Amir Singh Pasrich, Managing Partner, I.L.A. Pasrich & Company, hosted the second J.B. Dadachanji Memorial Debate on December 8th, 2018 at Long champ, Taj Mahal Hotel, Man Singh Road, New Delhi. The Indian Judiciary System has, in the recent times, expanded its horizons in directions that may impinge upon the Parliament’s law making or lead to unpredictable judicial decision-making. Repeated use of the phrase “Constitutional Morality” in Supreme Court judgments that have emerged in 2018 (the GNCT Delhi v. Union of India case, the Navtej Singh Johar case about s.377 IPC, the Sabarimala Judgment) gave rise to a debate titled “Ideas like Constitutional Morality are subjective and widen the scope for judicial discretion, delay and uncertainty in the law”.
The Guest of Honour was Hon’ble Justice Madan B. Lokur (Judge, Supreme Court of India), with Keynote speaker Mr. K. K. Venugopal (Attorney General of India). The debate was moderated by Vikram Chandra (Founder, Editorji Technologies).
Opening the floor and whilst welcoming Justice Lokur of the Supreme Court, Amir Singh Pasrichpaid his tribute to his mentor and guide, and described Dadachanji’s moral courage and integrity which were universally known facets that he brought to every court room and corporate table.
Pasrich then commented on the debate topic and constitutional morality saying in summary “There is nothing dangerous about the phrase Constitutional Morality, but when we divorce the word Constitutional from the word Morality and look at morality separately out of context from the constitutional scheme, we could have one outcome in Court No.1 and a different outcome in Court No.2.” Towards the end of his introductory remarks on the debate topic he added “Ultimately, the battle between the two sides of the debate is only a battle between lawyers wanting certainty and lawyers wanting the flexibility of doing complete justice and equity.”
Justice Madan Lokur spoke about the internationally expanding role of the Courts citing several cases where courts abroad have stepped in to intervene in matters that where such intervention may not be possible in India. He also spoke of the need for courts to intervene to protect the public interest, to protect fundamental rights and particularly rights of the child.
Cases like the Sabarimala Judgment, or the GNCT of Delhi case and the decision to read down s.377 of the Indian Penal Code amongst many others have been very influential precedents that chart-out a course of widened and widening judicial discretion which was a major factor leading to the formulation of the current topic of debate. The topic was brought about at the suggestion of one of India’s most acclaimed constitutional lawyers, the present Attorney General of India, Mr. K.K. Venugopal who also gave a keynote address on ‘Is Constitutional Morality’ a further tool in the armoury of the Supreme Court for expanding judicial review?’
Mr. K. K. Venugopal spoke extensively about the expansion of the Supreme Court’s role both through use of phrases like the “the basic structure of the constitution” introduced in 1973 with a 7 to 6 majority judgment of the Court in the Kesavananda Bharti case, and that India’s first Prime Minister Pt. Jawaharlal Nehru had feared that the Court would become a “third chamber of parliament”. Mr. Venugopal referred to the oft resorted to power of the Court for expanding its jurisdiction ruing that there was no limit on this power. He felt that the newly developing concept of constitutional morality can be very very dangerous and if we can’t be sure where it’ll lead us to, I hope constitutional morality dies.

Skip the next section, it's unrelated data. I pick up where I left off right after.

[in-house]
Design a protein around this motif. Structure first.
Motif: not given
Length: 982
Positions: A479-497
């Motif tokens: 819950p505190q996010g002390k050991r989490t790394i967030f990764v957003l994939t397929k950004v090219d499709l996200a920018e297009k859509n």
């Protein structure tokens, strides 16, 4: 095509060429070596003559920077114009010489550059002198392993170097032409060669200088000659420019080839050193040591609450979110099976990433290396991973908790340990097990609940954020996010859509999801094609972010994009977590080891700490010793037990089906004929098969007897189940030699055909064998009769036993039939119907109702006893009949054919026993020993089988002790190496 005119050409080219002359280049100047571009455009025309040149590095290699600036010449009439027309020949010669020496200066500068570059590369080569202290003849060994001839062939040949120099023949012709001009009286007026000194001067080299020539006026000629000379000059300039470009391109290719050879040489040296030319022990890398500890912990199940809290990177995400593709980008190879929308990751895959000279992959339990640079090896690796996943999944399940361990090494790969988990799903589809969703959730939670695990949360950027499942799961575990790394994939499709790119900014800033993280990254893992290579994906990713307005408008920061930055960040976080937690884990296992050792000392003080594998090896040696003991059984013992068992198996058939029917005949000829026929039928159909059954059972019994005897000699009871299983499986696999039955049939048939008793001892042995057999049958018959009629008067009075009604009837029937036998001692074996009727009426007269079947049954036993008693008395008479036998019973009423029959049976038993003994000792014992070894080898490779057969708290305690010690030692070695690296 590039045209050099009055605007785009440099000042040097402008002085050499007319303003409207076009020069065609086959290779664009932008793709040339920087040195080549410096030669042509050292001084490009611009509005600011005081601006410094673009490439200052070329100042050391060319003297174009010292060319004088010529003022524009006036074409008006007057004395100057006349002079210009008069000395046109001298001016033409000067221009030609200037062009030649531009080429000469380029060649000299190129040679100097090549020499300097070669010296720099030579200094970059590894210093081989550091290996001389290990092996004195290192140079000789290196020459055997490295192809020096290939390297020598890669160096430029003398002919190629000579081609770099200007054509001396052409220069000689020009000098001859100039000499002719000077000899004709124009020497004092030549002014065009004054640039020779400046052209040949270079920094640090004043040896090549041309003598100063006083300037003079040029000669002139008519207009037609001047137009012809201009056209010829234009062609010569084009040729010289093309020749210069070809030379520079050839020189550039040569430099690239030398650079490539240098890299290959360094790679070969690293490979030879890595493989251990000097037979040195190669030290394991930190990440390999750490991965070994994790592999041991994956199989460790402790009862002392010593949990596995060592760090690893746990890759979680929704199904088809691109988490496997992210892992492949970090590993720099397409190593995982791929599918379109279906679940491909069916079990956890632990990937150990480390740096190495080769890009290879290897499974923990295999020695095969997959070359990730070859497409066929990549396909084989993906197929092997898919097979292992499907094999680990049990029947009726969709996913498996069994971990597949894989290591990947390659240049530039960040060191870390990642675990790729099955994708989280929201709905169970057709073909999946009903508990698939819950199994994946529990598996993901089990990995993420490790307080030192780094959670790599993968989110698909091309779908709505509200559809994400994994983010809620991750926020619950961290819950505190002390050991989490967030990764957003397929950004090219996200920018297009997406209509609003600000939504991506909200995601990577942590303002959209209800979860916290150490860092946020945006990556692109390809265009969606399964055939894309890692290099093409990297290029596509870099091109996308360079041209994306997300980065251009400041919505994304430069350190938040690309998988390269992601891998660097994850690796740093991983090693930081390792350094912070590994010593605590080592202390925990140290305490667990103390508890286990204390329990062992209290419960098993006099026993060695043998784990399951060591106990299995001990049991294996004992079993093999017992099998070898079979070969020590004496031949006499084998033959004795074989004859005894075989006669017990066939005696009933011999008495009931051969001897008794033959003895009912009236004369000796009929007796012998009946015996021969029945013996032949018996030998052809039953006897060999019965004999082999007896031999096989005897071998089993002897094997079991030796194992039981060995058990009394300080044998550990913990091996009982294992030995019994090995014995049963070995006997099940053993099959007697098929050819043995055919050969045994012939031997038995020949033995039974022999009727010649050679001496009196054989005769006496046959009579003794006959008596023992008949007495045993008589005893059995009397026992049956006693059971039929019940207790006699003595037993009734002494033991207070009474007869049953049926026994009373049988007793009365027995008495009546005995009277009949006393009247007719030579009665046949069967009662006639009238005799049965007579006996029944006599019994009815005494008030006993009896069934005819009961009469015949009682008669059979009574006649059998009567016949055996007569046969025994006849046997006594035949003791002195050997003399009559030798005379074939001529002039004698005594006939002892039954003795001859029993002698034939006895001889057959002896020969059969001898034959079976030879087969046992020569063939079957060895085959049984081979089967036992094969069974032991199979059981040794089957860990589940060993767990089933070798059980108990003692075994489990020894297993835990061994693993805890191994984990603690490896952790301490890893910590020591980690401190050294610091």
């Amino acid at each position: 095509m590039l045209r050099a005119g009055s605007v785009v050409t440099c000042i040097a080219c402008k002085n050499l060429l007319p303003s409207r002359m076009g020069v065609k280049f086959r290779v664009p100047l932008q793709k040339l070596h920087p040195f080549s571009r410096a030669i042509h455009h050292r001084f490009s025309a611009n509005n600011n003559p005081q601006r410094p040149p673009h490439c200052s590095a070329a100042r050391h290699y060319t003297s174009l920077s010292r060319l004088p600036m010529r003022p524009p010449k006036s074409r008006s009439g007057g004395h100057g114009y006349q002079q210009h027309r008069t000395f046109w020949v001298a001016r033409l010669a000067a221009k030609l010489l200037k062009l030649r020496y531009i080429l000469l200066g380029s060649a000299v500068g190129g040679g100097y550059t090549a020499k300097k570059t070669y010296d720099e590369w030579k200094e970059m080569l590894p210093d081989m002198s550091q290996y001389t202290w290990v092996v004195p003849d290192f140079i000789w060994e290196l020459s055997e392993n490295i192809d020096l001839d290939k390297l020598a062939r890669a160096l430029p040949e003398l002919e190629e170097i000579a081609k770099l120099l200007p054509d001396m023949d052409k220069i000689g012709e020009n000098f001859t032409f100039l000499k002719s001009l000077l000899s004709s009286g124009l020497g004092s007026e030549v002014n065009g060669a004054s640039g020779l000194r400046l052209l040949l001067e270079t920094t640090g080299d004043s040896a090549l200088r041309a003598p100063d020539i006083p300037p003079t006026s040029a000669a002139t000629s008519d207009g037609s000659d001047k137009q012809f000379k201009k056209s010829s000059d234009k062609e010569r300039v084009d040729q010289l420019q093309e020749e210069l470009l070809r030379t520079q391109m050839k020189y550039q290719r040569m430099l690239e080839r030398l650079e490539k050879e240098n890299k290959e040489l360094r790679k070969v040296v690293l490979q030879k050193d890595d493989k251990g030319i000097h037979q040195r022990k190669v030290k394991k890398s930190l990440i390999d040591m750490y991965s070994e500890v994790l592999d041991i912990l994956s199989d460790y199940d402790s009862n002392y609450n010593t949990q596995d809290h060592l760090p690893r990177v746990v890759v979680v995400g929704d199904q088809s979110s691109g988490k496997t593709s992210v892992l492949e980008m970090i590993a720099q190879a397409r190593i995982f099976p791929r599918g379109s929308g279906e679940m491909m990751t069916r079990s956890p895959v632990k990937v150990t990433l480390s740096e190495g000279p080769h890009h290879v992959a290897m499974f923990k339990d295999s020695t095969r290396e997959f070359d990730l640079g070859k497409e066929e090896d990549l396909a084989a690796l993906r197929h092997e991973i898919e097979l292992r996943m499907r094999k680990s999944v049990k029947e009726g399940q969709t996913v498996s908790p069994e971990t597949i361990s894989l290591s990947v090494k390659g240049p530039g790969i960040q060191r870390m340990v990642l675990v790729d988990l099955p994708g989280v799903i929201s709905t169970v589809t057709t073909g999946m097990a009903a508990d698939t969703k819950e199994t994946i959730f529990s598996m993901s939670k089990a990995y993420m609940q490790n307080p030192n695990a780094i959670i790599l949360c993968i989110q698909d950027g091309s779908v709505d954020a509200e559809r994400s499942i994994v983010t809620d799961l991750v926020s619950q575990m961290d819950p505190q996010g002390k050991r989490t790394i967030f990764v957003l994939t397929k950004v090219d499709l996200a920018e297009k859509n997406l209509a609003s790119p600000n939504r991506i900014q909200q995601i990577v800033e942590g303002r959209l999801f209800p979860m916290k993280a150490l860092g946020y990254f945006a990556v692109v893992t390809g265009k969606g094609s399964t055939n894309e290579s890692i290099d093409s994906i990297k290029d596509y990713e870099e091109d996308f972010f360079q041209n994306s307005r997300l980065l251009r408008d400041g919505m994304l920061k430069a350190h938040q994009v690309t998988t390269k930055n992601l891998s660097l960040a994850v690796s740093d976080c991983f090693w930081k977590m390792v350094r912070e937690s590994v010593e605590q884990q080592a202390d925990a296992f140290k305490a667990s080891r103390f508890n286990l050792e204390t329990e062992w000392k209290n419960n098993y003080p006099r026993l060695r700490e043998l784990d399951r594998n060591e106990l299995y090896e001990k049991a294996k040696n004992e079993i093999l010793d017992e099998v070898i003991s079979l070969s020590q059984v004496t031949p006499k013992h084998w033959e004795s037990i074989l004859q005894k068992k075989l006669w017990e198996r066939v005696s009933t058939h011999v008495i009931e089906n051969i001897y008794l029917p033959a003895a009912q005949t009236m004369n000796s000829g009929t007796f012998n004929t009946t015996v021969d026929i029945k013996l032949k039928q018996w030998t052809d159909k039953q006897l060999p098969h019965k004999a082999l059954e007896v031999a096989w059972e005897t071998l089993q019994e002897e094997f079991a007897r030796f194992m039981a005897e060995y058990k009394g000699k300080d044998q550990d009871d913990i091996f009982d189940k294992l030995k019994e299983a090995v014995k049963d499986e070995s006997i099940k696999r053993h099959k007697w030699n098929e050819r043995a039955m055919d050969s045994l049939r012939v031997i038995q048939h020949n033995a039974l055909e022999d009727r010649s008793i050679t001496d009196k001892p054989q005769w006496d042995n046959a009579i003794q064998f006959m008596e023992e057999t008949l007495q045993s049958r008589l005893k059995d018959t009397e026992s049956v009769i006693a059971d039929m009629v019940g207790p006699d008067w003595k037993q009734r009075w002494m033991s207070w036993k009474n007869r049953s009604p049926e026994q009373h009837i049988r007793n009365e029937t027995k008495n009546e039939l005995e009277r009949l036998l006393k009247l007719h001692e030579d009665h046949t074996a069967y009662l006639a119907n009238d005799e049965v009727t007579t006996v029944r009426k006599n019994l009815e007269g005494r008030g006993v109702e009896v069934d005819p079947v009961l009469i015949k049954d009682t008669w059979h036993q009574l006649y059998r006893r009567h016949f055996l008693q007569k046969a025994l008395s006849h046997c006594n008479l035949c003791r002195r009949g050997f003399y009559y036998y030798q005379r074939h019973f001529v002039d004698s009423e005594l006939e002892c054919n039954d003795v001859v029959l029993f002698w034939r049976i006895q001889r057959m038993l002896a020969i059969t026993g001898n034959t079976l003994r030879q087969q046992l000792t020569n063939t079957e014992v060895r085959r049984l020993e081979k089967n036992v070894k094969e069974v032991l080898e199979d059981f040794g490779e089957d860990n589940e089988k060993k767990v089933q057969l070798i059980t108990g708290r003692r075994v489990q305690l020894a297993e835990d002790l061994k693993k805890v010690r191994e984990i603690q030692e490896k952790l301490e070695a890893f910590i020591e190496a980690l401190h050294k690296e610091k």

The topic presented remarkable intricacies and was debated by eminent Senior Counsel. Mr.Tushar Mehta (Solicitor General of India), Salman Khurshid (Former Union Minister for External Affairs), spoke FOR the motion and Pinky Anand (Additional Solicitor General of India) and K. V. Viswanathan (Sr. Advocate and former Addl. Solicitor General of India) who spoke AGAINST the motion.Indira Jaising (Former Additional Solicitor General of India) made the closing remarks. Vikram Chandra, founder of Editor Ji Technologies spoke about the uncertainty in the law which must be protected against especially as it leads to delays.
This topic was chosen to instill thought about the practicality and utility of principles lately assumed to apply by the Hon’ble Supreme Court of India. Are concepts like “Constitutional Morality” realistic or not? Will cases decided by reference to this new doctrine be decided by simple moral inclination…even prejudice or will clear-cut objective predictable decision-making prevail?
On behalf of the Taj, Mr. Satyajeet Krishnan, Area Director, North and General Manager Taj Mahal, New Delhi, said “This is the second time the Taj Mahal, New Delhi has supported this lively legal debate aimed at securing a better tomorrow through discussions about contemporary issues. We are privileged to have hosted Justice Lokur, the Attorney General of India (Mr. K.K. Venugopal), the Solicitor General (Mr. Tushar Mehta), the former external affairs minister Mr. Salman Khurshid and the eminent senior counsel who spoke here.”